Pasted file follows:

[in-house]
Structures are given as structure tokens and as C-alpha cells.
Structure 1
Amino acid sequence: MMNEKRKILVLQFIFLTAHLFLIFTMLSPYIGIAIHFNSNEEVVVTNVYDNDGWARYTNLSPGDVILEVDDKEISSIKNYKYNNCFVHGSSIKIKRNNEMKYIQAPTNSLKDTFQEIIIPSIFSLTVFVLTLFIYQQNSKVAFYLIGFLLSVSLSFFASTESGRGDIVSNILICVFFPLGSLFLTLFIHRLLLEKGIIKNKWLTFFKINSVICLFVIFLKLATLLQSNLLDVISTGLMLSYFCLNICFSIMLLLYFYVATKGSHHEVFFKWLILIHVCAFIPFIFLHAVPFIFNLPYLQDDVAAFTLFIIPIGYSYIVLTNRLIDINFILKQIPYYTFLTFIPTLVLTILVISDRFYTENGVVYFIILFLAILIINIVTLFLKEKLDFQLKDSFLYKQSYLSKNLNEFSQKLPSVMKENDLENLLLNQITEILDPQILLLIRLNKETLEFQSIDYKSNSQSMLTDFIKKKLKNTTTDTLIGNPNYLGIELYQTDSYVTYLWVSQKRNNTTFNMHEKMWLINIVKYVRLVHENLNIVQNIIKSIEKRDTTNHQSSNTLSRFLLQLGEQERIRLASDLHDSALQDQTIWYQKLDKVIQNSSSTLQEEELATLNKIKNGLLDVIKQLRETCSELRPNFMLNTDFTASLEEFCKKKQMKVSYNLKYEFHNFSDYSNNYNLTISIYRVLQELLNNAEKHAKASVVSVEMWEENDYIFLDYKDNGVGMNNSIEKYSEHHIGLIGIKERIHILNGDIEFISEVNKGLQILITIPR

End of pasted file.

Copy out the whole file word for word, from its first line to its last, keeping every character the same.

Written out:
[in-house]
Structures are given as structure tokens and as C-alpha cells.
Structure 1
Amino acid sequence: MMNEKRKILVLQFIFLTAHLFLIFTMLSPYIGIAIHFNSNEEVVVTNVYDNDGWARYTNLSPGDVILEVDDKEISSIKNYKYNNCFVHGSSIKIKRNNEMKYIQAPTNSLKDTFQEIIIPSIFSLTVFVLTLFIYQQNSKVAFYLIGFLLSVSLSFFASTESGRGDIVSNILICVFFPLGSLFLTLFIHRLLLEKGIIKNKWLTFFKINSVICLFVIFLKLATLLQSNLLDVISTGLMLSYFCLNICFSIMLLLYFYVATKGSHHEVFFKWLILIHVCAFIPFIFLHAVPFIFNLPYLQDDVAAFTLFIIPIGYSYIVLTNRLIDINFILKQIPYYTFLTFIPTLVLTILVISDRFYTENGVVYFIILFLAILIINIVTLFLKEKLDFQLKDSFLYKQSYLSKNLNEFSQKLPSVMKENDLENLLLNQITEILDPQILLLIRLNKETLEFQSIDYKSNSQSMLTDFIKKKLKNTTTDTLIGNPNYLGIELYQTDSYVTYLWVSQKRNNTTFNMHEKMWLINIVKYVRLVHENLNIVQNIIKSIEKRDTTNHQSSNTLSRFLLQLGEQERIRLASDLHDSALQDQTIWYQKLDKVIQNSSSTLQEEELATLNKIKNGLLDVIKQLRETCSELRPNFMLNTDFTASLEEFCKKKQMKVSYNLKYEFHNFSDYSNNYNLTISIYRVLQELLNNAEKHAKASVVSVEMWEENDYIFLDYKDNGVGMNNSIEKYSEHHIGLIGIKERIHILNGDIEFISEVNKGLQILITIPR